Students Under 18 Years of Age

Welcome to life and study in Western Australia and to a new stage in your life journey. Here are some survival hints to help you to make the most of this time of change.

Choices: Your life will take on a whole new pattern. It will be up to you to make decisions about many things which at home you took for granted or about which your parents made decisions. You will have choices about such things as getting up on time, attending classes and doing your studies. You will also choose new friends, how to spend free time and your money. It is important to take these matters seriously and to consider what choice your parents would like you to make in any situation.

Recreation: Your school or college may have different sports or other recreational activities for students such as chess, swimming, athletics, football, soccer, rugby, theatre or music. Joining one of these is a good way to settle in, overcome homesickness, form friendships and to relax.  There are also many ‘nightclubs’ in Perth; as a student under 18 years of age it is against the law for you to go into a nightclub.

Drugs: It is possible you will encounter a situation where illegal drugs are offered to you. Your safety is the most important consideration. Please consider very carefully the consequences of how you react. Don’t be afraid to refuse and walk away from the situation.  There are serious legal and health consequences to using illegal drugs. Make sure you are well informed – many schools and colleges have programs to inform students about both illegal and legal drugs.  It is illegal for any person under the age of 18 to purchase alcohol or cigarettes.  Here in WA it is now illegal to smoke in restaurants, cafes’ and all other places where food is served.

Food: At first you may think some Aussie food is very different from back home. Perth is a multicultural city and it is likely you will find many foods similar to those you may have in your own country.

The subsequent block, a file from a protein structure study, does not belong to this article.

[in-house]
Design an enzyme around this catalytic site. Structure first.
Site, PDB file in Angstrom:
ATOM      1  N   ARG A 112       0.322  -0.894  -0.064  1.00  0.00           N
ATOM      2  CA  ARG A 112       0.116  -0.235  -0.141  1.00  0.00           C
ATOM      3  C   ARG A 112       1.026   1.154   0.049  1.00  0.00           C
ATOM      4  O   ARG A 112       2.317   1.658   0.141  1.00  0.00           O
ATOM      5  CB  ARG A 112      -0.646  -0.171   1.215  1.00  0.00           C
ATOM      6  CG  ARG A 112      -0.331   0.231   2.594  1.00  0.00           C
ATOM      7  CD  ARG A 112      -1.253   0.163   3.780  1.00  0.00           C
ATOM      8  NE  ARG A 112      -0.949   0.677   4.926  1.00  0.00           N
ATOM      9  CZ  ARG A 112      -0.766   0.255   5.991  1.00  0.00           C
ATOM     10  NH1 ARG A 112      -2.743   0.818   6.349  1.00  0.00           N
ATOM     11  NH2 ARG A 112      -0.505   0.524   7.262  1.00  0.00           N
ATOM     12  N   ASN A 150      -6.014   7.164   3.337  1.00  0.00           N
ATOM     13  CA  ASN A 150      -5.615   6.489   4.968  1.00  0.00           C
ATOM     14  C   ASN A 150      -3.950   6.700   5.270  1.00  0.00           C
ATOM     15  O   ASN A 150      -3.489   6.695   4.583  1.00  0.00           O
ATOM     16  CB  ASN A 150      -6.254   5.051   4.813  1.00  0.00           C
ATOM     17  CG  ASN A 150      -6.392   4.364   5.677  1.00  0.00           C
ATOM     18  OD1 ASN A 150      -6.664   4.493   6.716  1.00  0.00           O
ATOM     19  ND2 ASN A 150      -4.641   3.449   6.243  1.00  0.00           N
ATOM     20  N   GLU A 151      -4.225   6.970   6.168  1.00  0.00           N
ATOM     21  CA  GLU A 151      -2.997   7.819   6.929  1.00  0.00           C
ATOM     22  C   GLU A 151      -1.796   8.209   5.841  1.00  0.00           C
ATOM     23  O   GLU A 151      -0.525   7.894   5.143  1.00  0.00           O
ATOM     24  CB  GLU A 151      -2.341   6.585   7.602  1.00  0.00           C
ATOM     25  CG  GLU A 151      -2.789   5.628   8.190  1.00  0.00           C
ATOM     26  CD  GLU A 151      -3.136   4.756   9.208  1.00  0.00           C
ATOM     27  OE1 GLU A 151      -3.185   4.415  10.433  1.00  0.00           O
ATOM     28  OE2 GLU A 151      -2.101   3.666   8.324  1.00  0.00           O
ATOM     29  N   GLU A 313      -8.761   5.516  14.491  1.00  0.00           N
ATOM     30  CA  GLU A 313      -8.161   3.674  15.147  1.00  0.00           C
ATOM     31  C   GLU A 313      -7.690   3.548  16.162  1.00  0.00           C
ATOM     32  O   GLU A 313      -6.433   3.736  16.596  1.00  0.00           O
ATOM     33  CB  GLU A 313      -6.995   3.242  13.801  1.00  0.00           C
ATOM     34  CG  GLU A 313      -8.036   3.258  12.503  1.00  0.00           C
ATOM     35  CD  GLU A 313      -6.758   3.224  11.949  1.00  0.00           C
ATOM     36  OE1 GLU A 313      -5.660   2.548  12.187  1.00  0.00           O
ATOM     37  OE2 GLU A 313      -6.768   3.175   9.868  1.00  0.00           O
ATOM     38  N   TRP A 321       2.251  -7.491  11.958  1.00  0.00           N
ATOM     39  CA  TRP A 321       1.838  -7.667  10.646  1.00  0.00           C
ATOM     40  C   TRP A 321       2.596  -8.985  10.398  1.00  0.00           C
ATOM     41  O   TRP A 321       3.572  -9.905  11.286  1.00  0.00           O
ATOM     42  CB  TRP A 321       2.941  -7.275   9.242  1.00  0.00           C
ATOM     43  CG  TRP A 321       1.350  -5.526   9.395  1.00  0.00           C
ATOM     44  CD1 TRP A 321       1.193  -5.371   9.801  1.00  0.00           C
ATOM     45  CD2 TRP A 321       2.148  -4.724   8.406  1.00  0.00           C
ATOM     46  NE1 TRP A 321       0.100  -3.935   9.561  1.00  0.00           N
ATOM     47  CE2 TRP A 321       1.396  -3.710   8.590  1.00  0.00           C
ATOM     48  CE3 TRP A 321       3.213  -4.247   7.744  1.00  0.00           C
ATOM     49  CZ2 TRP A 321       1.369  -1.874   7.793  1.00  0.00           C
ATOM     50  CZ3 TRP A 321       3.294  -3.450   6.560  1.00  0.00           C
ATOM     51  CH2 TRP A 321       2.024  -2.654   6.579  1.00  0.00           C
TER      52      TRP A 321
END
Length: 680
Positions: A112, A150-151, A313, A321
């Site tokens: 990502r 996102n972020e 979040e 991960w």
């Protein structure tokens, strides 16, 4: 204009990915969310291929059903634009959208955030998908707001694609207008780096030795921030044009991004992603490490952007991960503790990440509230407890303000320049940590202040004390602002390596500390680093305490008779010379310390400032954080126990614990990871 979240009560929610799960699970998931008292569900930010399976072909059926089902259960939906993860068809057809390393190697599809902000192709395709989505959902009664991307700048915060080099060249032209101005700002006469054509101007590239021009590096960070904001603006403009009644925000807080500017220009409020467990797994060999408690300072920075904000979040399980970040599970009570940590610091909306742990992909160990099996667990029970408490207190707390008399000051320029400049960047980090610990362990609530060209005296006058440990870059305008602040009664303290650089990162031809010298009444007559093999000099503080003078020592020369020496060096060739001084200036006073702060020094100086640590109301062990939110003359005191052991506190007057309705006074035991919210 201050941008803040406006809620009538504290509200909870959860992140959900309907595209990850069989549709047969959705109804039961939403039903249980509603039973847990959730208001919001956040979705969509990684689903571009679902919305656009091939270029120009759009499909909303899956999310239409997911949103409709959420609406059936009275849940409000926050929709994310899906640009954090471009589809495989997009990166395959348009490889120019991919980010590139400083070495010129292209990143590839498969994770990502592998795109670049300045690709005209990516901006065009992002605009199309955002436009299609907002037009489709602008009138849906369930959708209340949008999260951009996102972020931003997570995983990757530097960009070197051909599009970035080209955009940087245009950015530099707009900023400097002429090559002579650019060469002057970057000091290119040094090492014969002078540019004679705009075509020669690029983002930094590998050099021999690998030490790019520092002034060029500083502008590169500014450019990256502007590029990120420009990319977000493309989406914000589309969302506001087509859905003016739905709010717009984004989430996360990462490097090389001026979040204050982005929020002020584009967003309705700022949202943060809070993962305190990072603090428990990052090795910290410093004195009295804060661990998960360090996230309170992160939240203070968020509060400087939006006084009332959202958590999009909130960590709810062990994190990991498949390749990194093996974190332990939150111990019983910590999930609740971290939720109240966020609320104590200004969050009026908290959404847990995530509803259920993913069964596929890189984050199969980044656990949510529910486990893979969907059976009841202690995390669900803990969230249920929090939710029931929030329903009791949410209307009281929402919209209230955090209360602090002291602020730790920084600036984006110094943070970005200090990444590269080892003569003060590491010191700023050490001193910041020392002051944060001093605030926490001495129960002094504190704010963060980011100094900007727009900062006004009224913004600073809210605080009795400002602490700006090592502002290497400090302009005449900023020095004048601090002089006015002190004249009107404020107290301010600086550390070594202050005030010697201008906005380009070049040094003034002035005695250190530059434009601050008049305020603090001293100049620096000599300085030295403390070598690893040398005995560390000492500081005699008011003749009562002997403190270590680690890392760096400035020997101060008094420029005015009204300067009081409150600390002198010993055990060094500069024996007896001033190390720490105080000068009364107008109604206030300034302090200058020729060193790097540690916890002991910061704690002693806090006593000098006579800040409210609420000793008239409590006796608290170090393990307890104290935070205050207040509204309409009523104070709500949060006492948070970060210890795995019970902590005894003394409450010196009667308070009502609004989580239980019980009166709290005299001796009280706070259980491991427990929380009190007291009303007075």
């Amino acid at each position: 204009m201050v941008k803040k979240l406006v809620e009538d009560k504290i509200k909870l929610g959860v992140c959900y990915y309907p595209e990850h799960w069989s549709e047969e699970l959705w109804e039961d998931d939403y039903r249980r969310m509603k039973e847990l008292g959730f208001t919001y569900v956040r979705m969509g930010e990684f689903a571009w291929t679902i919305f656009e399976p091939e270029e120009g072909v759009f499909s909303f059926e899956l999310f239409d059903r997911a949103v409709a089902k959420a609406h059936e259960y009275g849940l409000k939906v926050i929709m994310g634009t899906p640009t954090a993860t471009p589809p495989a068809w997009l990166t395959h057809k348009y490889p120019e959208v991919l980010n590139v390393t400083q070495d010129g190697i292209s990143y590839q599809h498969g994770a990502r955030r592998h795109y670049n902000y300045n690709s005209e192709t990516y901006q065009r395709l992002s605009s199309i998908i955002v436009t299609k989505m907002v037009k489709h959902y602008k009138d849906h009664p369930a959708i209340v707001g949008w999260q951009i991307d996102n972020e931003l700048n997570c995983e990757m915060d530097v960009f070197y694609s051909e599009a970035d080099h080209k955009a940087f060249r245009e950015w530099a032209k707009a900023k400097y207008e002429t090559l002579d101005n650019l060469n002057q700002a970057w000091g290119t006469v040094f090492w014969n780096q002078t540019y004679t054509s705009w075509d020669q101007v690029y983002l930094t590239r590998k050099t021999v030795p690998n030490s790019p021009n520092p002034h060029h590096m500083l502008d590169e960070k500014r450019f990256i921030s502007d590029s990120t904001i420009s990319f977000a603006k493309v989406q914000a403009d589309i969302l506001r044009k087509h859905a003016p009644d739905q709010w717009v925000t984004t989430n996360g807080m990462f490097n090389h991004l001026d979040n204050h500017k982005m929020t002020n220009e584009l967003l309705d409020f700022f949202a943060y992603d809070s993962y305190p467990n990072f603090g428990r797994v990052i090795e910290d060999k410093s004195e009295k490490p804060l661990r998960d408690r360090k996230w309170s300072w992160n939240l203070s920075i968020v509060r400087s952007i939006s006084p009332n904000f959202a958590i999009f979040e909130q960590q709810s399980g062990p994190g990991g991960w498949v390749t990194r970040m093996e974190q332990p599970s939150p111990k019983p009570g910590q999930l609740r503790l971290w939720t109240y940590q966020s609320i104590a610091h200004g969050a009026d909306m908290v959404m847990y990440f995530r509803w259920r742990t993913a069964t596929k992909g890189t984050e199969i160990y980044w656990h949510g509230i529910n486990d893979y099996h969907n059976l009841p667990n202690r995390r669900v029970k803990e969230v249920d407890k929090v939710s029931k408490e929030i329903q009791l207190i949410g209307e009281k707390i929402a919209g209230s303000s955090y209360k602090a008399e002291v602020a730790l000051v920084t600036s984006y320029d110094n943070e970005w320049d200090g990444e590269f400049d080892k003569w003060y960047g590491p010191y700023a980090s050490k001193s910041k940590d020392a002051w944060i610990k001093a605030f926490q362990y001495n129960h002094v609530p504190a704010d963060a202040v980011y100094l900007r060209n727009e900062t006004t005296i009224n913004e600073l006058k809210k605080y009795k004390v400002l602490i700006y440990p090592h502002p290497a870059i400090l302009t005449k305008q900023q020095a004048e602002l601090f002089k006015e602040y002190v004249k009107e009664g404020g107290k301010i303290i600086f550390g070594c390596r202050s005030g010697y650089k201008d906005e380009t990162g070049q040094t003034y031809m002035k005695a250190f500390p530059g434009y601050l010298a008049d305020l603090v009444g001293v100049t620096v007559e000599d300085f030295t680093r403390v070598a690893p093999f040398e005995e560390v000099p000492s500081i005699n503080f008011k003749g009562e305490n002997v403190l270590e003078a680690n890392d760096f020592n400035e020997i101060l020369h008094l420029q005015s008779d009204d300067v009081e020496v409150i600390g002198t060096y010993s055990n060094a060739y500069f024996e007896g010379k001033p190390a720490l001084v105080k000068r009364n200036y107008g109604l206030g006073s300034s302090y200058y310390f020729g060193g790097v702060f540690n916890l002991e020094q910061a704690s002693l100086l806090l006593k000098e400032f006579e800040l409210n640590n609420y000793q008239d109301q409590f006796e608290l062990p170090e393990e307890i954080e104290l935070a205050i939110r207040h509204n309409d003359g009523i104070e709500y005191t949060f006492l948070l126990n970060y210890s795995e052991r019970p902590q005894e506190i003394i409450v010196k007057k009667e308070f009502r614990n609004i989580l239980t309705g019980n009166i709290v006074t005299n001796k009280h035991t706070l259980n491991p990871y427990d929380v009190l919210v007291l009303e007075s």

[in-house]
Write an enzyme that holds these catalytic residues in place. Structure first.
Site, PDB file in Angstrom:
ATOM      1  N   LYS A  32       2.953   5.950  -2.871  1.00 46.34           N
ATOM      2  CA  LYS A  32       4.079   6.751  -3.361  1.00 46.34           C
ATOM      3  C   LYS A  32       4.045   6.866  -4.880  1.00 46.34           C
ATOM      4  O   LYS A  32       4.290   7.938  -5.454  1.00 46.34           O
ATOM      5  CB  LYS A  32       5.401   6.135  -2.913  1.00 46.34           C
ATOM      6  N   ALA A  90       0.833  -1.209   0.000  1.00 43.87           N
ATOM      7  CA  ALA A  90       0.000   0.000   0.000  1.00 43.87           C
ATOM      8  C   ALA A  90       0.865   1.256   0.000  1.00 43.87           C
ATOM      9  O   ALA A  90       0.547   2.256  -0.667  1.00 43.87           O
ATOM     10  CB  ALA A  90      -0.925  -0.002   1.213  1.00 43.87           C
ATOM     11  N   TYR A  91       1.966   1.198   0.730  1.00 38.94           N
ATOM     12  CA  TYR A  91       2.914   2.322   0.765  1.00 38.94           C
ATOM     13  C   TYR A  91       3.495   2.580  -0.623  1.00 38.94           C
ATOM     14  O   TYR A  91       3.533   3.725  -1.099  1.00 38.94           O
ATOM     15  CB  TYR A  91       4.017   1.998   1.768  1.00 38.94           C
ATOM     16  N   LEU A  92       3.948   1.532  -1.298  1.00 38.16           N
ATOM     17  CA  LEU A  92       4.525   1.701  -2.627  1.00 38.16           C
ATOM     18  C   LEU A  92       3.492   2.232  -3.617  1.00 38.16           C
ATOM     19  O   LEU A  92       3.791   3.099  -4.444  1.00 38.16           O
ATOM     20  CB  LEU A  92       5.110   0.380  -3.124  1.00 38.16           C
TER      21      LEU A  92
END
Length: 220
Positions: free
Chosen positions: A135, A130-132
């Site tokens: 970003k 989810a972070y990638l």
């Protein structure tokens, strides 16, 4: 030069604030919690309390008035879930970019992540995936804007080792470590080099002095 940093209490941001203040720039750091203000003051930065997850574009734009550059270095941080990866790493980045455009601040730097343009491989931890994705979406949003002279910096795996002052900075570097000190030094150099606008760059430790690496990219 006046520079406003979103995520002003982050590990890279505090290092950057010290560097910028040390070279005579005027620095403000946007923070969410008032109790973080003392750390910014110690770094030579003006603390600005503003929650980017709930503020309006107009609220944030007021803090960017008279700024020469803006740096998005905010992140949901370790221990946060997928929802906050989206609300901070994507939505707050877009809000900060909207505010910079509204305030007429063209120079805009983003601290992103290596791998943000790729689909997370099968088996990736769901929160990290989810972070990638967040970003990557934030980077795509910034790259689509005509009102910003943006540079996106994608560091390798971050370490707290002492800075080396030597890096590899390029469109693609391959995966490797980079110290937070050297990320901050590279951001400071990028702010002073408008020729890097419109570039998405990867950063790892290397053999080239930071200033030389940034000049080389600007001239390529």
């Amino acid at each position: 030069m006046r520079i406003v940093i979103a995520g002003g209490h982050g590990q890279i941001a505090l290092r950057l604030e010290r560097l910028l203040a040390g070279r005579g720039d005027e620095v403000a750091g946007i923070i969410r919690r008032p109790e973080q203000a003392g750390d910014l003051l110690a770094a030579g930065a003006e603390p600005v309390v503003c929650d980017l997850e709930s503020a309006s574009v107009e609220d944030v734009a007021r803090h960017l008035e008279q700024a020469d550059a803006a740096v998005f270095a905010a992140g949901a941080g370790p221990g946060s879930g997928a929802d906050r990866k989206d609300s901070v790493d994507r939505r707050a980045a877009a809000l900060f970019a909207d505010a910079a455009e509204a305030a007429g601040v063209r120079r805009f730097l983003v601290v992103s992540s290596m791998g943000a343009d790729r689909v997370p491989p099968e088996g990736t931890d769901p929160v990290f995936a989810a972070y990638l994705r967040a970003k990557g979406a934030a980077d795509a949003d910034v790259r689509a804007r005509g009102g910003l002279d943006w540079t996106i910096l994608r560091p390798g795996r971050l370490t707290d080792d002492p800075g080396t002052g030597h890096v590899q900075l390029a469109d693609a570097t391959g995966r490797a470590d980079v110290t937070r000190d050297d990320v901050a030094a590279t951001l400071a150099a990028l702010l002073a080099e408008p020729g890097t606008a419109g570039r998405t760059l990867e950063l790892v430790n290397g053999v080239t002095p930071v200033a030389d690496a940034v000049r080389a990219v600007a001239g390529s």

Friends: Without your familiar classmates, you may feel a bit lost and lonely at first. Remember there are other new arrivals in the same situation. Make an effort to be friendly and speak to others in your class to help you find others with similar interests. This will help you to you make new friends quite quickly.

Health and Medical: It is important to keep up a healthy lifestyle i.e. choose to get enough sleep, eat sensibly and exercise regularly. If you feel unwell, talk with your student adviser or homestay host. Decide whether you should visit a doctor and if you need to; ask help to make an appointment at a medical centre.

Homestay:  The homestay you move into may be a real home from home for you, or you may simply need to make the best of it until you can move elsewhere. Your student adviser will try to make sure you are comfortably settled. Talk to your student adviser if you are having problems and see further on in the guide for further help in this area.

Homework/study: This is another important choice. If you want to succeed then homework and revision just have to be done. Work out a daily and weekly timetable for yourself so that you are able to complete assignments on time and spend some time on revision or catching up on any topics you find difficult. The methods of teaching and learning may be different from those you are used to at home. Teachers are there to help.  It is important to ask them for assistance if you are having difficulties with any of your subjects or with working out what is expected.  Don’t be shy about doing this early in your study programme, as advisors and teachers are expecting you to approach them in the early part of your programme, so that they can help you progress more confidently. You may not receive the assistance you need if you ask for help ‘at the last minute’ or at a time very close to when an assignment is due.